The new feature documentary, Blood on the Wall, from Academy Award nominee and best-selling author, journalist and filmmaker Sebastian Junger and Emmy-winning filmmaker Nick Quested, will premiere Wednesday, September 30, at 9/8c on National Geographic.
With the trademark inside access unique to National Geographic and the filmmakers, Blood on the Wall explores the internal and external influences on Mexico as it deals with the key issues of migrant caravans from Central America heading to the U.S., the dangerous but resilient traffickers fueling the cross-border drug trade and how corruption has impacted politics at every level.
Featuring unprecedented first-person accounts from migrants on the road, farmers, narcos, security enforcers, journalists, presidents and diplomats, Blood on the Wall tells the story of how traffickers, corrupt politicians and well-positioned business interests have seized wealth and power, leaving everyday citizens desperately fighting for survival or needing to flee elsewhere for a better life.
Exploring Mexico’s tension with its northern neighbor and the way regional U.S. policies over the past few decades have helped fragment Mexico’s political order, the film looks at the ways in which the country has been weighed down by disorder and crime throughout the 21st century.
Closely following a caravan of migrants – some with young children – as they travel from Honduras, Guatemala and other Central American nations across Mexico toward the United States, the film depicts the daily struggles of life on the road without certainty of a better future. The border these migrants are seeking to be granted entry to is the very same that narco-traffickers cross regularly as they move drugs and money back and forth between Mexico and the U.S.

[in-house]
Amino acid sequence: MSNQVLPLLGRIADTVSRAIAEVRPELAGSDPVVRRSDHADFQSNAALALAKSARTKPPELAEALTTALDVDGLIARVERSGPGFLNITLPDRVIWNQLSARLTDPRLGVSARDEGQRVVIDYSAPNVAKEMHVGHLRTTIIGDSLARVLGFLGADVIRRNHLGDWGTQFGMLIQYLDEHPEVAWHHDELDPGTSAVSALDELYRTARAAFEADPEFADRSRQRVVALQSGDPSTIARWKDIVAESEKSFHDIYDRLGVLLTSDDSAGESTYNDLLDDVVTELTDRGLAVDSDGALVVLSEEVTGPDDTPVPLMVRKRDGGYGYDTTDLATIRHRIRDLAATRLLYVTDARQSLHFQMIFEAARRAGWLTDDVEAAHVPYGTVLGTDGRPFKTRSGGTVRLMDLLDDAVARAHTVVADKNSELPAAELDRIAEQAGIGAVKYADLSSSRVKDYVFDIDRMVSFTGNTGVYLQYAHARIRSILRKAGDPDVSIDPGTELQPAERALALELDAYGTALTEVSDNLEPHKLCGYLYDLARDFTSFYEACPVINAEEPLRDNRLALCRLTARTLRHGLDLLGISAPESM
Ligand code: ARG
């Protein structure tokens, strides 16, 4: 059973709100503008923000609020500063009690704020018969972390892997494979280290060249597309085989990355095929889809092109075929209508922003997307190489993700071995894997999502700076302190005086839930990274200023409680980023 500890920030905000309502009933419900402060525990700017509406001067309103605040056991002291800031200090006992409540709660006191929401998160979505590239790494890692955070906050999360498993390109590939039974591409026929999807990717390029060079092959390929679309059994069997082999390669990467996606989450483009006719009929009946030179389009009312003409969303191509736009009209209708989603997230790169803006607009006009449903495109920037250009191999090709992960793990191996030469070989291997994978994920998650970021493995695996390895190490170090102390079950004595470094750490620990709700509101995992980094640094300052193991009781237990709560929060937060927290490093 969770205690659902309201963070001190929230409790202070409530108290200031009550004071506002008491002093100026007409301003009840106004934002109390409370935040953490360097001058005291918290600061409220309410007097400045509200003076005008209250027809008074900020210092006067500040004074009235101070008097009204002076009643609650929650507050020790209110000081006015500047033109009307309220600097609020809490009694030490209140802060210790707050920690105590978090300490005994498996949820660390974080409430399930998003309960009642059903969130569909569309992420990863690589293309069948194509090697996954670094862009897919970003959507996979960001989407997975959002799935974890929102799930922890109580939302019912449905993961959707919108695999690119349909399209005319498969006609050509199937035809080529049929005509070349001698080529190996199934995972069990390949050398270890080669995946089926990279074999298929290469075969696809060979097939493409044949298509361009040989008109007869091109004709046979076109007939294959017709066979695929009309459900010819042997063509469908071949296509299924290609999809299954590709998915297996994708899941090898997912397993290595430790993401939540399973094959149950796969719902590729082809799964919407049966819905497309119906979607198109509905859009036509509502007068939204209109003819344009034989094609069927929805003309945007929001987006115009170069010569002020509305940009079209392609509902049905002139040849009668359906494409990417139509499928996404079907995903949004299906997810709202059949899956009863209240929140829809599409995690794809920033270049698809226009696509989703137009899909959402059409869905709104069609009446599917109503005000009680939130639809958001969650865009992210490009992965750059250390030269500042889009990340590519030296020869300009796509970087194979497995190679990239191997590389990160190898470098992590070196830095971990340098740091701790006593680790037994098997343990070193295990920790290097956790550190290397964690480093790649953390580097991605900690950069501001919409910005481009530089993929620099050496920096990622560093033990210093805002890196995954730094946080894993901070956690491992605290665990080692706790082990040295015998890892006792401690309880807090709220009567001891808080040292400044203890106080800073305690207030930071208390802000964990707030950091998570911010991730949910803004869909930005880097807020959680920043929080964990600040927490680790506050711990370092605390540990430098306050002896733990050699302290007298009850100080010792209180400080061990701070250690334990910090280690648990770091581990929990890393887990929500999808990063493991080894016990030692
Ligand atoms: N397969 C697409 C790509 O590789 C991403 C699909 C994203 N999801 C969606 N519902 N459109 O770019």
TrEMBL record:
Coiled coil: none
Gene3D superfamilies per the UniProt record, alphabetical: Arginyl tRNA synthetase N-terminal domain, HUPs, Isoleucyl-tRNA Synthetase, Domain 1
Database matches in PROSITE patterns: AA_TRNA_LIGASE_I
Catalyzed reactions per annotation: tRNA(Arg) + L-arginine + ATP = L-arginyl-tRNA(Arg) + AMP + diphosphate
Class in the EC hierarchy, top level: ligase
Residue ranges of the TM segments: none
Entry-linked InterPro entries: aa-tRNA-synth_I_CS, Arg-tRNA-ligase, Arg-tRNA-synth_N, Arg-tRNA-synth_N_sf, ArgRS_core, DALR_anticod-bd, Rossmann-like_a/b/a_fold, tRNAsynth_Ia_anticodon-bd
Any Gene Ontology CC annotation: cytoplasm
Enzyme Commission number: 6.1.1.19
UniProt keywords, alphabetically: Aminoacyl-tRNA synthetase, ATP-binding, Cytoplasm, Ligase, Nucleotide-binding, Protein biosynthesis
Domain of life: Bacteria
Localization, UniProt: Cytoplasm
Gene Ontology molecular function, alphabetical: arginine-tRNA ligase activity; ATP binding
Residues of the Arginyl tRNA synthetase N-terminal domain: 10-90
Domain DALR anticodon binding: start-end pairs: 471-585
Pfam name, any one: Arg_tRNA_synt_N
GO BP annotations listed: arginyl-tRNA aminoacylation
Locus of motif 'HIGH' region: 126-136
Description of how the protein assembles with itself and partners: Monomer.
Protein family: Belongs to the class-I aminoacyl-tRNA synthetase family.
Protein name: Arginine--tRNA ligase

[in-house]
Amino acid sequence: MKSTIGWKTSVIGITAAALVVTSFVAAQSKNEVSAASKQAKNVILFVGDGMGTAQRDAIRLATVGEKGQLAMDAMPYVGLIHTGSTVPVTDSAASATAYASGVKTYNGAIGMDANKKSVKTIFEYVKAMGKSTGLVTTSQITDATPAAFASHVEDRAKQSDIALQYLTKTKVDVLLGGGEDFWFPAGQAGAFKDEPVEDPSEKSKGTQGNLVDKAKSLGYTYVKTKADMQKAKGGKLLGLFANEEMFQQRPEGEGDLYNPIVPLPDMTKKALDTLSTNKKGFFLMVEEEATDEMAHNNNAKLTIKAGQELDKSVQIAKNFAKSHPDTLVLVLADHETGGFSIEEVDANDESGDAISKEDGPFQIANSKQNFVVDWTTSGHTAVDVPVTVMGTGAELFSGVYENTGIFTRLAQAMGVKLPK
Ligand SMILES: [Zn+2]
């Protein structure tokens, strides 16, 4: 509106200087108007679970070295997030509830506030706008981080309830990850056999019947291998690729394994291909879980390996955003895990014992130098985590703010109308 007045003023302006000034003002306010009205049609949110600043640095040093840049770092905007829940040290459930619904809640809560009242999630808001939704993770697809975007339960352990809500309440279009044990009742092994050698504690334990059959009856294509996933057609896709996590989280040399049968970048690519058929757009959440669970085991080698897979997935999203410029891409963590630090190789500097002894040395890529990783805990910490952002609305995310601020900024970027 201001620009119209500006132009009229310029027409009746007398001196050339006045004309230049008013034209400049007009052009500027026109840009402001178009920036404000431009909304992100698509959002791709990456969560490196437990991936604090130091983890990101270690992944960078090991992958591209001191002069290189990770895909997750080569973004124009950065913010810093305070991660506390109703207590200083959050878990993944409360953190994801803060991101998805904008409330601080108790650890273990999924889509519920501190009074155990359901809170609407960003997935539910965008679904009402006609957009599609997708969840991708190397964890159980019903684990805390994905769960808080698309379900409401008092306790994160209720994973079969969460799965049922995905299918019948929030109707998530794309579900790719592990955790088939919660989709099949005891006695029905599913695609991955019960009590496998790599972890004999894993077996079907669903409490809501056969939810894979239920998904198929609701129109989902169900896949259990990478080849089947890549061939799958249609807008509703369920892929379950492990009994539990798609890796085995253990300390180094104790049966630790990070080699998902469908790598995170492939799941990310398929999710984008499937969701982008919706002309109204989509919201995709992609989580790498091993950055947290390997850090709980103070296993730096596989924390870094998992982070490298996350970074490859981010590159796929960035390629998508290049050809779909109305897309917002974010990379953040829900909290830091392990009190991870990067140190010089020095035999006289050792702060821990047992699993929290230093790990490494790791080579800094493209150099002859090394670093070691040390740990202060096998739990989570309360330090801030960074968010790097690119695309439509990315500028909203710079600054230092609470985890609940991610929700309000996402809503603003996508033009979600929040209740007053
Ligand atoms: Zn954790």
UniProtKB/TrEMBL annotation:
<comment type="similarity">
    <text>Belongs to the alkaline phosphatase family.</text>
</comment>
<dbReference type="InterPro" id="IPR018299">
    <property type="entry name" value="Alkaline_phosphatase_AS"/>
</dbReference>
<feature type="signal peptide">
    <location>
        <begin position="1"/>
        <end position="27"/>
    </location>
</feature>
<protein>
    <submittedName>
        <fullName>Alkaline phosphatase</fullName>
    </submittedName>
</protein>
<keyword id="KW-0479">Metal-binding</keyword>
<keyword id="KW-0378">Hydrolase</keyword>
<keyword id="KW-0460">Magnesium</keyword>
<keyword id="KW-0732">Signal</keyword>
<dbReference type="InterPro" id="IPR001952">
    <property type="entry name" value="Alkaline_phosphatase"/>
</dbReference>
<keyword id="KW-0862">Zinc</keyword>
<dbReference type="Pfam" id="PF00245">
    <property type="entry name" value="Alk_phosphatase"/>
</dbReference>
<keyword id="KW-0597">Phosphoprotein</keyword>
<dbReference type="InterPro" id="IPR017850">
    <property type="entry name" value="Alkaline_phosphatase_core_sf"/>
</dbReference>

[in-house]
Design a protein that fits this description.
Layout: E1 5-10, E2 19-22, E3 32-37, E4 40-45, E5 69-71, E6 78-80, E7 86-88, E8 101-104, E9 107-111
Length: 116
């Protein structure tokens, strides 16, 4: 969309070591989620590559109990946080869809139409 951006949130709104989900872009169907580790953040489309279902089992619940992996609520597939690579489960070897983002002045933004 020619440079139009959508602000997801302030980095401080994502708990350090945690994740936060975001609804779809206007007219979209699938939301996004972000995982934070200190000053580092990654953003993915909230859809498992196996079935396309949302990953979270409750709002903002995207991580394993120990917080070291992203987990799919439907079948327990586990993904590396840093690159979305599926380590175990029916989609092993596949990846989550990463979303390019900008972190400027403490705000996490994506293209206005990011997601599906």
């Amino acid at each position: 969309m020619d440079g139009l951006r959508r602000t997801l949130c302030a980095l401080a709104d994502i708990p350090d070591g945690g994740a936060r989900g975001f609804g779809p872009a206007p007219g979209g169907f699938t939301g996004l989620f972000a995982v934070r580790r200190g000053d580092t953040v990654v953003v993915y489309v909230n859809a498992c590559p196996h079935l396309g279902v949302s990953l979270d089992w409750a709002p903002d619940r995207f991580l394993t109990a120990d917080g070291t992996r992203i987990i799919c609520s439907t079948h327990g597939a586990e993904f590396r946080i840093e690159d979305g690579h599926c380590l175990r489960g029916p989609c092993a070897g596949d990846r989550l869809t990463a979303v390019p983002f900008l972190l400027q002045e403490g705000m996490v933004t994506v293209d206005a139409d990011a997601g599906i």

“The issues Mexico faces right now are layered and complex and ultimately intertwined with how the U.S. has approached foreign policy and immigration since the Reagan era. The history and the future of the country and its inhabitants is so bound up in the larger forces at work in the region, it’s vital to look at them holistically. We’re reaching a juncture in this election year when understanding the socio-political landscape of our neighbors is incredibly important for people before going into a voting booth,” said director Sebastian Junger.
“Systemic change is top of mind for a lot of people right now and that conversation needs to include U.S. foreign policies that only enhance the inequities across our southern border, allowing ruthless leaders and cartels to take advantage of people for their personal gain. Humans are remarkably resilient, but when you disenfranchise them, taking away their peace and stability, it can leave them in a very desperate situation. The urgency of tackling these nuanced, extremely complex issues – caravans, cartels and corruption – has never been greater,” added director Nick Quested.
Key interviews include:
Ludy, a Honduran teenage girl with no family who joins a caravan heading north.
Sara, her children and grandchildren, from Guatemala who have also joined the caravan to the U.S.
Felipe Calderón, President of Mexico (2006-2012).
Arturo Sarukhan, Mexican Ambassador to the U.S. (2007-2013).
Julia Preston, New York Times Mexico correspondent (1995-2001).
Carmen Aristegui, CNN en Español anchor.
Alan Bersin, U.S. Customs and Border Protection (CBP) Commissioner (2010-2011).
Jack Riley, Former Drug Enforcement Administration (DEA) Deputy Director.
Jaime López-Aranda, Latin America policy expert and former Mexican government official.
Santiago, a poppy farmer in Mexico.
Ángel Mundo, Ayotzinapa Rural Teachers’ College survivor of the 2014 Iguala mass kidnapping and massacre by local authorities colluding with organized criminals.
Anonymous drug makers in a Sinaloa Heroin Lab.
Anonymous drug runners based on the southern U.S. border.